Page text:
Live Updates: Russia’s War in Ukraine

In this image taken from video released by the Russian Presidential Press Service, Russian President Vladimir Putin addresses the nation in Moscow, Russia, September 21. (Russian Presidential Press Service/AP)

The fact that the United States is forced to warn Russia publicly, and in more strident terms privately, not to use nuclear weapons shows how dangerous the battle for Ukraine has become – and how it could become more risky.

The war is in a new critical phase. Kyiv forces have won victories in the east using billions of dollars in Western-supplied weaponry, and Russian President Vladimir Putin has responded by sending thousands more troops to the front lines.

Facing mounting political pressure at home, isolation abroad and humiliation on the battlefield, the Russian leader stepped up his nuclear approach last week, warning he could use all nuclear weapons systems. weapons at his disposal if he considered the territorial integrity of Russia threatened.

Putin’s rhetoric served as a reminder that the longer the war goes on for Ukraine, the more the West will have to keep its cool, especially if the Russian leader becomes more locked in and tries to scare off his enemies with Russia’s best leverage. – its nuclear arsenal.

Many Western observers believe that Putin is bluffing and that there are strategic reasons for Moscow to stop before this fateful step. There are no public reports that the Kremlin is preparing its stockpile of battlefield nuclear weapons for use or that it has changed its international strategic missile posture. And Putin has already played the nuclear card in the conflict in an apparent effort to scare Western audiences and sever support for Kyiv in the transatlantic alliance.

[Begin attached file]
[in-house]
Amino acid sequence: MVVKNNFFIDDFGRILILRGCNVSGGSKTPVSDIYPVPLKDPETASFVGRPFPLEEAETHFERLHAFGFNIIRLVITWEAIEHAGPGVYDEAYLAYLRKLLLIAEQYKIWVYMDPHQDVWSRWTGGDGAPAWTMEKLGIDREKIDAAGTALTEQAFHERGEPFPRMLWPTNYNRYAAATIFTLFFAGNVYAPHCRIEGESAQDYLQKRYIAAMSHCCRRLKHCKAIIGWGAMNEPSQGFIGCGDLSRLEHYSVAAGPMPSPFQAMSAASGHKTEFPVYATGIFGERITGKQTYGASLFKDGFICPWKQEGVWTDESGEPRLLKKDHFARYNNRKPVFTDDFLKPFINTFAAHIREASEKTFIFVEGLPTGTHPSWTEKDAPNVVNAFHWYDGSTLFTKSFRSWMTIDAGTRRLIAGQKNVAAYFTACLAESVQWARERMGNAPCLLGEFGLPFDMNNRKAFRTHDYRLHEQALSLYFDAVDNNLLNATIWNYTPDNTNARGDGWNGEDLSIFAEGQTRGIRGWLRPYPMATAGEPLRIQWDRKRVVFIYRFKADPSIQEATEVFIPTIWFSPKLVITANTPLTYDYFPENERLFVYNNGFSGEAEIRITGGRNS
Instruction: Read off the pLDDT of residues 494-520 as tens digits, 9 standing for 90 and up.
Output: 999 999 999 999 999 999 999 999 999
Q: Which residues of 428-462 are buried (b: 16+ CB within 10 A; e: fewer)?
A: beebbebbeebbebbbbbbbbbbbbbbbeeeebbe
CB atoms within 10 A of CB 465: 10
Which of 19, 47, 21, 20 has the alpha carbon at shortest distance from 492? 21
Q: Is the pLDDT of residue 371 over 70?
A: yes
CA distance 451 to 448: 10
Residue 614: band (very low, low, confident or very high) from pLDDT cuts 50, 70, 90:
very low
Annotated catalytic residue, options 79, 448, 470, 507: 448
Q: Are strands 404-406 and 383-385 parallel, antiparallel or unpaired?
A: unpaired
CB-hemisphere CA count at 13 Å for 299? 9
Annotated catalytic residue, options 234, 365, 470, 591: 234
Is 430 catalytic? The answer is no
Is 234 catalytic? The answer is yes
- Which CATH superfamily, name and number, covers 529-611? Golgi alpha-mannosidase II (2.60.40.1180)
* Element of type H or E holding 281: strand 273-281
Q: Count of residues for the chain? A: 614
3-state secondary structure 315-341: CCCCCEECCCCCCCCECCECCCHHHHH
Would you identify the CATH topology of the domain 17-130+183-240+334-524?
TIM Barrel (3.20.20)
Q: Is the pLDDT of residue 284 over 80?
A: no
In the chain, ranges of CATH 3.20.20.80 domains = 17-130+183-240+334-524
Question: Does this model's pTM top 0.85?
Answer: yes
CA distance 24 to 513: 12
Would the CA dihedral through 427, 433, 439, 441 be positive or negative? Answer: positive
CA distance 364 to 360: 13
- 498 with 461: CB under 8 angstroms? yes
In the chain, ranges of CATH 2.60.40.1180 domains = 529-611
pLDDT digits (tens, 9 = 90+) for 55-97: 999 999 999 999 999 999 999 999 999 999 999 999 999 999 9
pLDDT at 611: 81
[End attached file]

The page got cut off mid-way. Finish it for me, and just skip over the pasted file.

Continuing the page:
But at the same time, the Russian leader has thrown himself fully into a war he cannot afford to lose but which is going increasingly badly for Russia, as shown by the partial national mobilization of the last week. He is in a corner, a reality that may explain his return to nuclear scare tactics. And while Putin’s political position doesn’t seem immediately threatened, he faces growing dissent at home and seems consumed by a fury against the United States and the West that is vehement even for him.

Putin is led by a sense of historic mission rooted in a desire to restore respect for Russia as a great civilization. He has already shown callous indifference to human and civil life in Ukraine. Such conditions mean that clear strategic thinking and rational decisions cannot be taken for granted, especially since the ruthless Russian leader’s sense of caution has let him down with his reckless leadership of the war in Ukraine.

You can read Collinson’s full analysis here.

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